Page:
Polyethylene glycol (PEG) is known to plasticize PLA but can exhibit migration over time. In order to reduce migration, reactive extrusion was used to chemically graft polylactide (PLA) with low molecular weight poly(ethylene glycol) methyl ether acrylate (APEG). APEG was added in various concentrations (0, 15 and 30 wt%) in the presence of an organic peroxide as a radical initiator. The covalent grafting of APEG on the PLA was evidenced by ATR-FTIR, 1H NMR. The physical effects of APEG in terms of thermal and flow properties were also investigated. The melt-state viscoelastic properties were characterized by oscillatory shear measurements. The glass transition temperature of the modified PLA was measured using differential scanning calorimetry. As expected, storage modulus decreased with APEG content and the glass transition temperature of the APEG-modified PLA was decreased by approximately 14°C compared to that of pure PLA.
In-Situ-Pultrusion – Structural Thermoplastic FRP-Parts
Fiber reinforced plastics, produced by In-Situ-Pultrusion are supposed to be used as local reinforcement of injection molded plastic parts. For this purpose, the pultruded parts are overmolded after being inserted into the injection mold. From process technologies reasons, the parts made by In-Situ-Pultrusion consist of cast Polyamide 6 (PA6). This cast PA6 differs from standard injection molding PA6. In previous studies, it was shown that a good bonding between the partners can be reached. In this work, a new bending girder made of PA6GF30 and In-Situ-pultruded PA6 is presented. Some mechanical properties were tested and compared with an equal bending girder, made of pure PA6GF30.
Interfacial Fracture Behavior of Injection Molded Parts
The formation of interfaces cannot be avoided in joining processes of thermoplastics. Generated by injection molding, they could be mainly divided into “cold” and “hot” interfaces. Cold interfaces occur during assembly injection molding (AIM) and “hot” interfaces or well known as weld lines represents the meeting of two melt streams. A new tensile test coupled with transmitted light microscope (TLM) was developed to classify the interfaces in terms of morphology and strength and analyze the failure behavior of thin sections. The objective is to improve the injection molding process by understanding the failure behavior.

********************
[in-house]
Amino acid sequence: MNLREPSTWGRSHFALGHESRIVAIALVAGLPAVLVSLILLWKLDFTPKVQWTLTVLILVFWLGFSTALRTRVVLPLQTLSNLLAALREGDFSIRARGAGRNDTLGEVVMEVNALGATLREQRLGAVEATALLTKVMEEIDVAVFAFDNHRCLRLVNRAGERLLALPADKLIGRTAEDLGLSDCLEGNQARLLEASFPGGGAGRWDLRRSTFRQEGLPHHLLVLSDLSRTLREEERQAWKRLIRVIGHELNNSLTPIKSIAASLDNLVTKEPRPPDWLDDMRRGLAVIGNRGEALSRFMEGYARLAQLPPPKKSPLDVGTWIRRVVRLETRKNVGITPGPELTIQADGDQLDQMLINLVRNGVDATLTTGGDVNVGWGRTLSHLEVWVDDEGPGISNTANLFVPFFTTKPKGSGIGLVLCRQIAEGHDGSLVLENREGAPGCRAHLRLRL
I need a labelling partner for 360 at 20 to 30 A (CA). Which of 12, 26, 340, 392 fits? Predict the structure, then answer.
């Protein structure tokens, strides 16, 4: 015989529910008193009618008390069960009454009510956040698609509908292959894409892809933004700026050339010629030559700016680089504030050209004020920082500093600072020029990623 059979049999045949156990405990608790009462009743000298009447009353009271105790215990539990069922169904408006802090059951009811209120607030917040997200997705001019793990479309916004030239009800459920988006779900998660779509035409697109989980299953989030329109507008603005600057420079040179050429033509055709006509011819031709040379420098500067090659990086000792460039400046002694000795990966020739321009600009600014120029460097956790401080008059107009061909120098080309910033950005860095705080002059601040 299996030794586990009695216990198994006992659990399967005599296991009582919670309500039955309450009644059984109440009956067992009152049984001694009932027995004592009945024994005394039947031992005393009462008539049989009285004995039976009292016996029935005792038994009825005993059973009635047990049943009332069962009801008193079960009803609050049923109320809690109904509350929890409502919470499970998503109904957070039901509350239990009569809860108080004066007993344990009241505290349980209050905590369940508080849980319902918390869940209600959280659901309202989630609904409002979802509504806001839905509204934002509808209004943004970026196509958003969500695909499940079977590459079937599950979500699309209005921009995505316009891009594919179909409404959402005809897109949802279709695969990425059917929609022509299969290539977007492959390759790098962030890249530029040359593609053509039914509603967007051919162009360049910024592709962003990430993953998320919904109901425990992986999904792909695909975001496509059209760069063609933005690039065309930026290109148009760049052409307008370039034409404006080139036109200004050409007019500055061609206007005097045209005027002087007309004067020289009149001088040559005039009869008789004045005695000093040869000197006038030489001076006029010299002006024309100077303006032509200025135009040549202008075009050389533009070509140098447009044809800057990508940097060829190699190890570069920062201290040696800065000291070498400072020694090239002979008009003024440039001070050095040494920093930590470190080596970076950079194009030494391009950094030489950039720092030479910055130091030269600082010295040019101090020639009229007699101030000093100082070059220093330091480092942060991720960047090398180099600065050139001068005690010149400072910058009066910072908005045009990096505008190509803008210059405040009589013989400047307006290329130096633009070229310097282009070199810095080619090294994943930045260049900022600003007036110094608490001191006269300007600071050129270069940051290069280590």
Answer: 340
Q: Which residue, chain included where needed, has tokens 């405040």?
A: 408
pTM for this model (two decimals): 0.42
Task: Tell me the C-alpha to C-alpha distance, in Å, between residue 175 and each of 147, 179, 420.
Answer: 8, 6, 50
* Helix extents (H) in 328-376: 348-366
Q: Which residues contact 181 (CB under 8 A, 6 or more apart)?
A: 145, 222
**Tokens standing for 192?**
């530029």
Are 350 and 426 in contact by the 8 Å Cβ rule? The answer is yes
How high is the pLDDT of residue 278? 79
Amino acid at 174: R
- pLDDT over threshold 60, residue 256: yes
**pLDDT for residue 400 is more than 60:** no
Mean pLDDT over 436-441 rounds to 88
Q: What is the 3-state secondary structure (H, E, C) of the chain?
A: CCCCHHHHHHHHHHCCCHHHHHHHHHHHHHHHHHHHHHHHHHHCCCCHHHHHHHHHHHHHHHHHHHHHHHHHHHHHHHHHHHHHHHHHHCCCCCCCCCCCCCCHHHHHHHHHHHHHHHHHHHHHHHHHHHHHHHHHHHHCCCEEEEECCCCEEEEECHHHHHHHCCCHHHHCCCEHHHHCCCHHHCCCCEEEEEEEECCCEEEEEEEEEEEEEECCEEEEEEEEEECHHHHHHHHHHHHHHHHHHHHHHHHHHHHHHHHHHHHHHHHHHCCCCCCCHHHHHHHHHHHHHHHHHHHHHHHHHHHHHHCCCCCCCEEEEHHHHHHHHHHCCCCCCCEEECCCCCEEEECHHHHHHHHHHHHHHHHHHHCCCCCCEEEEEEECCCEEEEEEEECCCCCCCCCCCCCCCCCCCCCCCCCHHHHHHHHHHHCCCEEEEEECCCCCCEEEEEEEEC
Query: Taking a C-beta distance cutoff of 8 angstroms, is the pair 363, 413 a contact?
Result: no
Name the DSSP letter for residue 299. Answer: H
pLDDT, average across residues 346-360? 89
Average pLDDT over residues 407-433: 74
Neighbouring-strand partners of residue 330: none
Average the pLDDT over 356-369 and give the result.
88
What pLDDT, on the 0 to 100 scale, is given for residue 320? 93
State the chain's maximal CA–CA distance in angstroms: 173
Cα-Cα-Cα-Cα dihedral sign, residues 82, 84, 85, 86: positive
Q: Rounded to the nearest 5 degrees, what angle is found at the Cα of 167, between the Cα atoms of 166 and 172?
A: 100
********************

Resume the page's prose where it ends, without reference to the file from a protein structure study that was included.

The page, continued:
Evaluation of Consumption Process on Antioxidants in Polyethylene by Chemiluminescence Measurement Method
In recent years, plastic pipes have been increasingly used for hot water supplies and heating systems and these require materials with long-term durability. In this paper, we report the preparation of polyethylene samples containing different amounts of antioxidants. Furthermore, we conducted accelerated degradation tests on these samples, and we evaluated the degradation of the polyethylene samples by chemiluminescence. We found that non-isothermal chemiluminescence measurements are more suitable for both the qualitative monitoring of the deactivation of antioxidants and the degradation of polyethylene resin samples as compared to isothermal measurements. The process of antioxidant consumption is discussed on the basis of the chemiluminescence measurements.
Non-Destructive Testing of Composites by Robot Supported Aircoupled Ultrasound
Air-coupled ultrasound is used as a non-destructive testing method for fiber reinforced plastics. By using reemission measurements only one sided access is needed. In order to make a complete scanning of components with a curved surface, a six-axis industrial robot is used. The problem here is to relate each ultrasonic measurement point to the right point on the examined part. In this work, two different procedures are studied and presented with several examples to solve this problem. One possibility is to determine the position by knowing the exact velocity of the robot arm. In the other method, the position will be sent from the robot system to the ultrasound system via incremental displacement signals. To validate the method, multiaxial curved components were investigated, like a carbon fiber car roof with impact damages.